The bank included a timeline of major events in the past six months including Stumpf’s departure in October, a new compensation plan in January and eliminating bonuses for top executives earlier Wednesday. The bank also eliminated product sales goals for retail bankers and established additional monitoring and controls to provide oversight of sales processes.

All that makes the first annual meeting since the scandal broke a high-profile event for both shareholders and critics alike. At least they’ll have a few more weeks to make travel arrangements.

Regency Centers closing merger with Equity One this week

(Courtesy of Financial News and Daily Record)

Shareholders of Regency Centers Corp. on Friday approved the company’s $4.6 billion merger with Equity One Inc., clearing the way to close the deal this week.

Regency will be the surviving company of the merger between the two companies that specialize in developing and operating shopping centers anchored by supermarkets. The company will remain headquartered in Jacksonville with Regency’s senior management continuing to run it.

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The merger is expected to be completed Wednesday.

Meanwhile, in light of the merger, S&P Dow Jones Indices is adding Regency to the Standard & Poor’s 500 index this week.

Inclusion in the bellwether stock index will increase the company’s visibility on Wall Street.

Regency is swapping places with pharmaceutical company Endo International, which will take Regency’s spot in the S&P MidCap 400.

“Post acquisition, Regency Centers is expected to have a market capitalization more representative of the large cap market space. Endo International is ranked near the bottom of the S&P 500 and has a market capitalization more representative of the mid-cap market space,” S&P Dow Jones said in a news release.

Regency will become part of the S&P 500 at the opening of trading Thursday.

‘Opposite day’ at CSX, Bloomberg columnist says

A Bloomberg News columnist had an interesting take on the ongoing effort of Hunter Harrison to become CEO of Jacksonville-based CSX Corp.

“It’s opposite day at CSX Corp., where an activist investor is fighting for — rather than against — a jumbo-sized executive pay package,” Brooke Sutherland wrote in her Bloomberg column last week.

Harrison, former CEO of Canadian Pacific Railway Ltd., is working with hedge fund Mantle Ridge to try to get the CSX job.

Current CEO Michael Ward announced last week he will retire May 31.

According to CSX, Harrison is demanding a compensation package that exceeds $300 million over four years. Mantle Ridge disputed that in a letter to CSX’s board but still described a package that exceeds $200 million.

“Even if you strip away all the extras and focus on the base salary, the $2.2 million a year that CSX says Mantle Ridge is seeking for Harrison is almost double what Ward received in 2015. It’s also more money than other CEOs of public U.S. railroads get, according to data compiled by Bloomberg,” Sutherland wrote.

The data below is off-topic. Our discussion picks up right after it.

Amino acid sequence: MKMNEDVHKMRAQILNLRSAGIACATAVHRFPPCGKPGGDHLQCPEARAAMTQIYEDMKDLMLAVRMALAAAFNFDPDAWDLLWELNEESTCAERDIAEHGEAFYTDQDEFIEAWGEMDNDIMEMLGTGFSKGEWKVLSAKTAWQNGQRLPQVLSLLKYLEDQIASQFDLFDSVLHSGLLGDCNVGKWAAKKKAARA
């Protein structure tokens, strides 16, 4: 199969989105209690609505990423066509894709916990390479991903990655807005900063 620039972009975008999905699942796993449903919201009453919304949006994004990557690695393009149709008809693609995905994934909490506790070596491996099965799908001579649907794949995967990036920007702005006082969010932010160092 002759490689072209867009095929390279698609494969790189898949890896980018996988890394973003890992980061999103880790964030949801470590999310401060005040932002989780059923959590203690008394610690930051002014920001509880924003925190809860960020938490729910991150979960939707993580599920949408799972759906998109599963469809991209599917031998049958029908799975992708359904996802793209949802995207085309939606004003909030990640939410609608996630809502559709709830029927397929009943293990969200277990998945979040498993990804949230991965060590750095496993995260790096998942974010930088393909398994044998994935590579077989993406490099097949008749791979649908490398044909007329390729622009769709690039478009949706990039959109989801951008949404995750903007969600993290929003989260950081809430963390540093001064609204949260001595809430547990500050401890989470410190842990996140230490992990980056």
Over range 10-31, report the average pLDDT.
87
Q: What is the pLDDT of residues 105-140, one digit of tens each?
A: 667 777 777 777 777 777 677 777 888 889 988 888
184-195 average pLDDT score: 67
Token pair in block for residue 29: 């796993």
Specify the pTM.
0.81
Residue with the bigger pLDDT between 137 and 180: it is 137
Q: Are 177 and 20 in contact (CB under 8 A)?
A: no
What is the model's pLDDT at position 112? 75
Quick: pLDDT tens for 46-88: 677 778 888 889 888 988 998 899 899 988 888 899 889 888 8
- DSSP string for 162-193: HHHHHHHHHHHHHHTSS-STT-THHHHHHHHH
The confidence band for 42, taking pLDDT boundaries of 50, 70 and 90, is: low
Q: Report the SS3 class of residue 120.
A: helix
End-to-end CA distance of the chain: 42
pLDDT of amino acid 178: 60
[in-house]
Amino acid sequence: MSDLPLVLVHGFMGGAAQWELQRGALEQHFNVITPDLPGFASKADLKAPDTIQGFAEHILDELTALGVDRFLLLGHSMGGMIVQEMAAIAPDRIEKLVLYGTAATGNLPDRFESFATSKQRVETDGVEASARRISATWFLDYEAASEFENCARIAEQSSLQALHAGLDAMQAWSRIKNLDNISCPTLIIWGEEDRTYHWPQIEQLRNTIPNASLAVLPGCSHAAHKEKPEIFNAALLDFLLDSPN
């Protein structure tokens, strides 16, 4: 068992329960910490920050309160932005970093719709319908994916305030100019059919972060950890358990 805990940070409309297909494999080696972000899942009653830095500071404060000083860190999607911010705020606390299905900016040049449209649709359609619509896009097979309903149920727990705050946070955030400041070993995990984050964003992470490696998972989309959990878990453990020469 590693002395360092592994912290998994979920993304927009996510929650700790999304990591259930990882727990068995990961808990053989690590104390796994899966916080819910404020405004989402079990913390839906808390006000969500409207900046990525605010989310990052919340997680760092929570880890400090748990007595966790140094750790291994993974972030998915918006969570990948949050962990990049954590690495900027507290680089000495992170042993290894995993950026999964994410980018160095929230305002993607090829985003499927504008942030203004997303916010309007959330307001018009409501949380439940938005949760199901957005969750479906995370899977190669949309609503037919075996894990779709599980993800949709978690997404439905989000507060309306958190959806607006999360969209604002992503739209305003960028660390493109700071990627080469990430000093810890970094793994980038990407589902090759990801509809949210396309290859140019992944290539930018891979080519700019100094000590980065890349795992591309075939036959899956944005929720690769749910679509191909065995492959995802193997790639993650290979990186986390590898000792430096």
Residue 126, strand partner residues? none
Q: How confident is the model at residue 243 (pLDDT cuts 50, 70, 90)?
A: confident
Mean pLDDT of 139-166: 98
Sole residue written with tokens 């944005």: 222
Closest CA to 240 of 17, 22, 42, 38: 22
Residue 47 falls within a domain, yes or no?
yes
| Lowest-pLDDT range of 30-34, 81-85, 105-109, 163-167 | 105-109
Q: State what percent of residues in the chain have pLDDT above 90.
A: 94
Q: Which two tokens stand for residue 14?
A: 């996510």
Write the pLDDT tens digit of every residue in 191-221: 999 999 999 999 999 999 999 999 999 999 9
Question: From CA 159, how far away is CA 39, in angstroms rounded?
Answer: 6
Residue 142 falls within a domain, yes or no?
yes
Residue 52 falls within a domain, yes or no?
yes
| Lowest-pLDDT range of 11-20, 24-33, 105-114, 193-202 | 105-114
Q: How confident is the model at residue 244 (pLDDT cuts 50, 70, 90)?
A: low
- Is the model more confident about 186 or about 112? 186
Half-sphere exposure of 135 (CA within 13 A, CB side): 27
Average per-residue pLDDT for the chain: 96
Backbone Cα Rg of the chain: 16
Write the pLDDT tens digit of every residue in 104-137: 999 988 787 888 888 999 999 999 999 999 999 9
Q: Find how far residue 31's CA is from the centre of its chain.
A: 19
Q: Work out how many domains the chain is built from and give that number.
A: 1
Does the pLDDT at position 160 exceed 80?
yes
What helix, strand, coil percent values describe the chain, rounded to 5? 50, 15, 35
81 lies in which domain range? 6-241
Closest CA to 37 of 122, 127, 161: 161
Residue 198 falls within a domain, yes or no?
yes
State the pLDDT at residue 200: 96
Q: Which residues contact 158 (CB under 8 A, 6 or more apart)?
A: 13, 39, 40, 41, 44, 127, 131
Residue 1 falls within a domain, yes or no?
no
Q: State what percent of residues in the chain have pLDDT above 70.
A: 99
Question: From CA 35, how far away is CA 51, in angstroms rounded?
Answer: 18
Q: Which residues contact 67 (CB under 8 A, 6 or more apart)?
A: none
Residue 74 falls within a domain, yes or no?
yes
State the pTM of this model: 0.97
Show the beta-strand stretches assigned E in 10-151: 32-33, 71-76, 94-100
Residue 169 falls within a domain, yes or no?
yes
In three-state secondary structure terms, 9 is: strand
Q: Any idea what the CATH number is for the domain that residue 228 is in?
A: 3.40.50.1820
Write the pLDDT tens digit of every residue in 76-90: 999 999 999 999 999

“So essentially the argument is that CSX needs to be more aggressive about improving its profitability, but to do that it needs to balloon its CEO compensation expense,” she wrote.

All this comes as CSX says it will reduce costs by cutting 1,000 management jobs, with most coming from Jacksonville.

CSX is planning a special meeting to allow shareholders to vote on whether they want the company to pay Harrison. You have to wonder how many CSX managers are stockholders and how many votes they have.

Advanced Disposal earnings rise

After completing its initial public offering in October, Advanced Disposal Services Inc. last week reported fourth-quarter adjusted earnings of $17.2 million, up from $5.5 million the previous year.

For all of 2016, the Ponte Vedra-based waste management services company reported adjusted earnings doubled to $33.5 million. Revenue of $1.405 billion was slightly higher than 2015 revenue of $1.396 billion.

The company is projecting 2017 revenue of $1.45 billion to $1.475 billion.

“Advanced Disposal has undergone transformational changes during 2016,” CEO Richard Burke said in a news release.

“I am pleased we were able to improve our capital structure and begin the next chapter of our company’s history as a public company, while at the same time producing strong results for both fourth quarter and the full year 2016,” he said.

Creative Learning proxy fight ends

A proxy fight launched by the former CEO of St. Augustine-based Creative Learning Corp. has apparently failed.

Brian Pappas was terminated in October 2015 as CEO of the company, which offers educational and enrichment programs for children through franchisees.

Pappas, who still controls 19.5 percent of the stock, was seeking to remove the four current board members of Creative Learning and replace them with three of his own.

However, Creative Learning said in a Securities and Exchange Commission filing that Pappas did not deliver enough consent forms from other stockholders by a Feb. 7 deadline.

So, there will be no changes to the board, the company said.

“With the disruption of the proxy contest behind us, we are happy now to be able to concentrate all our energy upon several important initiatives to increase franchise sales, grow franchisee success and enhancing our wonderful brand and educational methods,” Chairman Chuck Grant said in a news release.

Duos Technologies plans reverse split

Duos Technologies Group Inc. shareholders last week approved a plan to lift the company’s stock price with a reverse split.